January, 2012 Archives - Engine Builder Magazine
HPBG: Becoming a Better Engine Builder at 22nd Annual AETC in Orlando

But if I were a professional engine builder, or even a highly competent amateur engine builder, one of the first things I would do is learn as much as possible from the smartest people in the business. While we at Engine Builder magazine provide countless articles on the subject and the business of running a

HPBG:Grassroots Engine Market – The Grass MAY Be Greener

Since most people who are involved in racing do not run in NASCAR Sprint Cup, IndyCar or NHRA Top Fuel, we think that it is fair to say anything below these high profile professional racing series is a large group of grassroots racers who support the industry through the dollars they spend, not the sponsorships

HPBG: Racing Piston Technology

Munro had a problem with melting his cast pistons so he kept trying to develop his own out of melted down GM pistons. Today’s piston makers use a little more modern techniques, but the principle is the same: try, test and improve. On the outside, pistons tend to look the same. They are round slugs

HPBG: Engine Builder Fuel Injection Maintenance

The fuel system of a modern computer-controlled fuel injected engine is so reliable that it seems to be almost maintenance free, but these modern fuel injected engines have injectors that become flow restricted or “dirty” with use. This means that if you expect the engine you build to perform like it should, the fuel injectors


In that discussion we hashed over the disparity in coefficients of expansion between cast iron and aluminum (that caused a revolution in head gaskets around the time of the Cadillac 4.1L). We discussed surface conditions and how that affects gaskets and scrub. We discussed gasket coatings and how they remain plastic while not scrubbing and


The light turns green and the truck bellows out a plume of black smoke and in a flash all you see are the taillights. You’re struck that diesel trucks have really made an improvement over the past fifteen years. It’s amazing when you realize that a Corvette would have a hard time keeping up with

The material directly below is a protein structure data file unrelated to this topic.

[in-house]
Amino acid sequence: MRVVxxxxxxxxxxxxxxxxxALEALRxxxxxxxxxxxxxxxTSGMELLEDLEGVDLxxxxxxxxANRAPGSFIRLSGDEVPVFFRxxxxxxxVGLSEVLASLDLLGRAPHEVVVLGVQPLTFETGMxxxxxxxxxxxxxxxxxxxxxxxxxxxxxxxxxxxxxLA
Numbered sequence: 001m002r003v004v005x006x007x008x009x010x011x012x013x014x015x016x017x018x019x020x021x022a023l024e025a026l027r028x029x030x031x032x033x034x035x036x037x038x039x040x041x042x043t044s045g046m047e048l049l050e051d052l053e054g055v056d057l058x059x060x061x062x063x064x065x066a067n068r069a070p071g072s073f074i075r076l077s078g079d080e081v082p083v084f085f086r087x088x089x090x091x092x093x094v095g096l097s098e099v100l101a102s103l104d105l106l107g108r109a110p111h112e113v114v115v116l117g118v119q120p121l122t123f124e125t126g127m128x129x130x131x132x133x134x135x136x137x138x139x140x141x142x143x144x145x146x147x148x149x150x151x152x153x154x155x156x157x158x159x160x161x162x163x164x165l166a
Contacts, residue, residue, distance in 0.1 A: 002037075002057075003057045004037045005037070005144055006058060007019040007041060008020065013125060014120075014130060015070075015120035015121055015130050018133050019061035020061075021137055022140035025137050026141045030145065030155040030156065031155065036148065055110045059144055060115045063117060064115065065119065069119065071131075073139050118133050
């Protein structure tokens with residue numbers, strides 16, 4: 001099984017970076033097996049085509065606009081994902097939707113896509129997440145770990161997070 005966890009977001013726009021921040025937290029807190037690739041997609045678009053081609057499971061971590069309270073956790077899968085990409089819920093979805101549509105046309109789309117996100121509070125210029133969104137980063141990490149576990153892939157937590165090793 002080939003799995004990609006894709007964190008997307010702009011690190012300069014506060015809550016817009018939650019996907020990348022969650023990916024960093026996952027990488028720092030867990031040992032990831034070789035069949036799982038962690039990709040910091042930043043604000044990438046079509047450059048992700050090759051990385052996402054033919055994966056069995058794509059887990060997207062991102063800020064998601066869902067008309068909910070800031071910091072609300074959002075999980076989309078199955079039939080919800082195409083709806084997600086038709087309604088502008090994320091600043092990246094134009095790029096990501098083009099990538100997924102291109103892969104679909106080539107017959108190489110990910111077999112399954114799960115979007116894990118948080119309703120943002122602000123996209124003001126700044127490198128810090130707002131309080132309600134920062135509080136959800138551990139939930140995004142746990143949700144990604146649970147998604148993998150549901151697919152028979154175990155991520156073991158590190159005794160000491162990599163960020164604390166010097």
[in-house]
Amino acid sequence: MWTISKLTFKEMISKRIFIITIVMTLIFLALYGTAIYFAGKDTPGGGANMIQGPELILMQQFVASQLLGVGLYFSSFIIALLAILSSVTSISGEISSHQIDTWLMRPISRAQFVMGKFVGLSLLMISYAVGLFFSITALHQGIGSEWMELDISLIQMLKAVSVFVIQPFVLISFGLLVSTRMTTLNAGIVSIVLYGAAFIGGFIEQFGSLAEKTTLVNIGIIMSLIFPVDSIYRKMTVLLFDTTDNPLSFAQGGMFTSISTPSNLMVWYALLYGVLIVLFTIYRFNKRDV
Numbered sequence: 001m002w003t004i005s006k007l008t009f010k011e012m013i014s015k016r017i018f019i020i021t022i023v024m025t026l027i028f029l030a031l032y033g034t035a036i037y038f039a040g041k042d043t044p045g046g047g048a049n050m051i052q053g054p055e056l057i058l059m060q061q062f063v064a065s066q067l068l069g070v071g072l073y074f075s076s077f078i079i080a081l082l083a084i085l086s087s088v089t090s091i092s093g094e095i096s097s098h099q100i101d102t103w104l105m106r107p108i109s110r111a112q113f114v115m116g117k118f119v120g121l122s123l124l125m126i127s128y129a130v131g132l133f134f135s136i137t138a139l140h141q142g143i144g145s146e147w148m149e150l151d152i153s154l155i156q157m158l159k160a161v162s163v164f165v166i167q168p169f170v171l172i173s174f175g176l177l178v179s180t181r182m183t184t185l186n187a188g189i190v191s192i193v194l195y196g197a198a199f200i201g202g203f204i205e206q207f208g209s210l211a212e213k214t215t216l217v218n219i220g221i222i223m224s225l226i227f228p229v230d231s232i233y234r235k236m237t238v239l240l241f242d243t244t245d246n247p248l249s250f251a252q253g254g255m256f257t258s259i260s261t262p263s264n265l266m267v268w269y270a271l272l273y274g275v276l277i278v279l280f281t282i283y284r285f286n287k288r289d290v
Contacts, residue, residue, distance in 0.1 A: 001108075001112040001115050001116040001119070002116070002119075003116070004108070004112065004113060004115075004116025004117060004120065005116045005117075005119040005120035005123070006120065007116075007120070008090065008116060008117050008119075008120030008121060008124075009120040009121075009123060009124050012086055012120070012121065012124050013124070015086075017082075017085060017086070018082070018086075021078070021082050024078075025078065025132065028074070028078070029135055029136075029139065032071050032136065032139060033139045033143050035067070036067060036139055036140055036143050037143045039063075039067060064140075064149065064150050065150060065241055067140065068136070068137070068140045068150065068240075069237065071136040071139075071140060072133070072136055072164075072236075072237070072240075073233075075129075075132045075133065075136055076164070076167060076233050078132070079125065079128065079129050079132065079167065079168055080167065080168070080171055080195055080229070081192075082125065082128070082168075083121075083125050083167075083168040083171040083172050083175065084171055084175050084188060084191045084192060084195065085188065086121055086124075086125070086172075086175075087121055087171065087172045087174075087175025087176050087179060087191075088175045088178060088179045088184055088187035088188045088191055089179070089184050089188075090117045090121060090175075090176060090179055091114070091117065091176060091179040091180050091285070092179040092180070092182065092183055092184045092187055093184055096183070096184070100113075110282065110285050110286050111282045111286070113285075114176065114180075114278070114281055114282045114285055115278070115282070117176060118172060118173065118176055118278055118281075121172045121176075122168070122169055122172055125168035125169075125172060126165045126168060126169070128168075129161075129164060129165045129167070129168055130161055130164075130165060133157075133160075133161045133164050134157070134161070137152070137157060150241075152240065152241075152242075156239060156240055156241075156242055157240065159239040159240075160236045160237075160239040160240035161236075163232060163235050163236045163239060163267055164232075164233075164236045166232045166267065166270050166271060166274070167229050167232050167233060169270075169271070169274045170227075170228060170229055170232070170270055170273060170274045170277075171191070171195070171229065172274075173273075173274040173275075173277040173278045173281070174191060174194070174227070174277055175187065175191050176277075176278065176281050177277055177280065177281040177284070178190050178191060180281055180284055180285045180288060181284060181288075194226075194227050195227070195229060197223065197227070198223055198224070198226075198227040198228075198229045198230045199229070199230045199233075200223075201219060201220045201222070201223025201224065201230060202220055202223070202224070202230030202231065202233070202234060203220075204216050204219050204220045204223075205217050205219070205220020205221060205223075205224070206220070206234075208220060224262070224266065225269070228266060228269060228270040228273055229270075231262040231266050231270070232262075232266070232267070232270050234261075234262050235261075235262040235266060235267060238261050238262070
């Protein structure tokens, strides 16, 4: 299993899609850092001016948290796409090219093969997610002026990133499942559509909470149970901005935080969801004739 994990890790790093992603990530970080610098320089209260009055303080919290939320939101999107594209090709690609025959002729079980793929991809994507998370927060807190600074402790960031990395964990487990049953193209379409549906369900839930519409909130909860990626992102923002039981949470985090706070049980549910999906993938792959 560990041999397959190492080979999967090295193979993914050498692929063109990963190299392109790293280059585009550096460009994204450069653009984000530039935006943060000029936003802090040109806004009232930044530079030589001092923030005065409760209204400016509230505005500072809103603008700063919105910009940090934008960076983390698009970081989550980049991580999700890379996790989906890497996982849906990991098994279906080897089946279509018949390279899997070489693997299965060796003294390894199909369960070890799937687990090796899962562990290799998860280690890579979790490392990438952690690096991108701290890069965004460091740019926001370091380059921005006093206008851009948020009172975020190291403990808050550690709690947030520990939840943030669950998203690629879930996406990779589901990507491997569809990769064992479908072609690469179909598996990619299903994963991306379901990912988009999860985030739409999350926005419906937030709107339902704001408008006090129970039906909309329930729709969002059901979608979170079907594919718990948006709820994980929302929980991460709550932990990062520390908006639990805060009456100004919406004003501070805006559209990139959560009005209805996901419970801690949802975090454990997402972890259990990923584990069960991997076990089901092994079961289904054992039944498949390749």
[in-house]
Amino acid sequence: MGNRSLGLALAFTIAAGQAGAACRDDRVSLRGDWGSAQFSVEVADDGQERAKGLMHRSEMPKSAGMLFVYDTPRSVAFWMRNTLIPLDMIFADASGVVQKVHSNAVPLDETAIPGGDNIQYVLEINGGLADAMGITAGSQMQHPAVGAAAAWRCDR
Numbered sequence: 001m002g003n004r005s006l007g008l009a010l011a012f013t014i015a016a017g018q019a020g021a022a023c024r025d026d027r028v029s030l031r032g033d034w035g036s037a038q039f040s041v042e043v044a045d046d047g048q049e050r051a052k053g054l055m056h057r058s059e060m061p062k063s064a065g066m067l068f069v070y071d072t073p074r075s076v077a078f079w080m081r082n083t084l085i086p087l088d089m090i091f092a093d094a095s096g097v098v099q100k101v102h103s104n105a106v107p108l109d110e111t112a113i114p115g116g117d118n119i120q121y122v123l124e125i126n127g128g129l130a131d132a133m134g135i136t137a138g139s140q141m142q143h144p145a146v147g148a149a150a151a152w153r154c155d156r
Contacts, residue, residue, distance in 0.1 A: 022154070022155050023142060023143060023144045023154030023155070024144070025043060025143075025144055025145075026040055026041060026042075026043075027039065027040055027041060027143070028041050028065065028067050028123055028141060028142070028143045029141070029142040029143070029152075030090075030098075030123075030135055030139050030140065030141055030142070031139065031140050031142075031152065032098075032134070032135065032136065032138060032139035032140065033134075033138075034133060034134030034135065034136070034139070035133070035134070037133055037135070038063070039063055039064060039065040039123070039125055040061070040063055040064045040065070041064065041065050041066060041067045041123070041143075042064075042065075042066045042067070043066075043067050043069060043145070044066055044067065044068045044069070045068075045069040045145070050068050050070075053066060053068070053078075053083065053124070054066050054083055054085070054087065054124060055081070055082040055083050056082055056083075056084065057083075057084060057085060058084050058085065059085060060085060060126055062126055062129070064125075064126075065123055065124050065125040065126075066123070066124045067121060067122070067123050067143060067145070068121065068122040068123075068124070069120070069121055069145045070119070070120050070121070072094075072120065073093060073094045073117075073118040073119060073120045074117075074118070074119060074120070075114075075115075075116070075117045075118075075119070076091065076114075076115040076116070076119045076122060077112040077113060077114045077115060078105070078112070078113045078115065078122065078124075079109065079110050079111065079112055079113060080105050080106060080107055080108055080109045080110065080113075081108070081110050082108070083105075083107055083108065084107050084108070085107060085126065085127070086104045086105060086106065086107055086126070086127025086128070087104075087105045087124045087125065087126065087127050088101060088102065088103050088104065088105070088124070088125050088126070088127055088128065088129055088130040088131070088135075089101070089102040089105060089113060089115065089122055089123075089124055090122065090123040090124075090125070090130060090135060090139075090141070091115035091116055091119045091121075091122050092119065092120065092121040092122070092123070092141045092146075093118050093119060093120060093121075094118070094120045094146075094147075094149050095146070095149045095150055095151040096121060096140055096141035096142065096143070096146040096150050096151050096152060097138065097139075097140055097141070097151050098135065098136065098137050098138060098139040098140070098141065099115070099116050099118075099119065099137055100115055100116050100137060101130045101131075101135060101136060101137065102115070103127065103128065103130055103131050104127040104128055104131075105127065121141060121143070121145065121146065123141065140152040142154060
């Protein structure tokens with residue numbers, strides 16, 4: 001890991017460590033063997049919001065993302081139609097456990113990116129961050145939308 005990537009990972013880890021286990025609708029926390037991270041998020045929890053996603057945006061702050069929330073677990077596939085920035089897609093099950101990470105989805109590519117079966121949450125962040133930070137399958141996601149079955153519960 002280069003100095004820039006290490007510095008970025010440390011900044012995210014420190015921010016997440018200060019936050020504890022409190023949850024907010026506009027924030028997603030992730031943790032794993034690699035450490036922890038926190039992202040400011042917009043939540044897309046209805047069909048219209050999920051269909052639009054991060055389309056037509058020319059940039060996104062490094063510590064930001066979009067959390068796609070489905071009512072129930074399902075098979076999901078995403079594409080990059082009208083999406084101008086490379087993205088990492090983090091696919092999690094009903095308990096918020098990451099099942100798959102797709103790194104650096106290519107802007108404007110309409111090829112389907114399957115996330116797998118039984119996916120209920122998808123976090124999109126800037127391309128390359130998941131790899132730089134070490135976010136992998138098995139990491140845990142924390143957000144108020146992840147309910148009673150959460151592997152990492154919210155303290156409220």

Protecting Your Customers’ Info: Understanding The ‘Safeguards Rule’

By now, most shops should have implemented their information security programs and taken steps to ensure compliance with the Safeguards Rule. If you have not, we recommend taking steps to get in compliance immediately. If you have, it’s still important to periodically review and assess your program to ensure you remain in compliance. History President

Valve Seat Selection, Finishing & Materials

Over time, erosion and corrosion can eat away at the metal resulting in compression leaks, elevated valve temperatures and sometimes valve failure. If a valve seat insert doesn’t have the correct amount of interference fit in the cylinder head, it’s possible the seat may loosen up and fall out damaging the valve, head and piston.

Making Dollars and Sense Cleaning Blocks, Heads

Unless you’re starting with all new parts, cleaning is as important to your engine build as disassembly, inspection, machining and reassembly. Without taking the cylinder heads and engine blocks down to bare metal, you can’t properly inspect the castings for cracks, wear and other defects. For something so important, proper cleaning technique is often misunderstood, overlooked

Cylinder Bores-Machining To Sleeving

  The function of a cylinder bore is fairly simple yet quite demanding. The bore is nothing more than a cylindrical void which contains the engine’s air/fuel mixture as it undergoes compression and combustion.   The walls of the cylinder have to be strong enough and rigid enough to withstand high combustion pressures and temperatures

Diesel Engine Glow Plugs: Not Just For Starting Anymore

Since diesel engines ignite by using the heat of combustion, they usually need help when the climate changes to the cold of winter. Veteran owners of “old school” diesel engines understand what I’m talking about when I mention the “one-minute of silence.” This was the time every morning when you would turn the ignition switch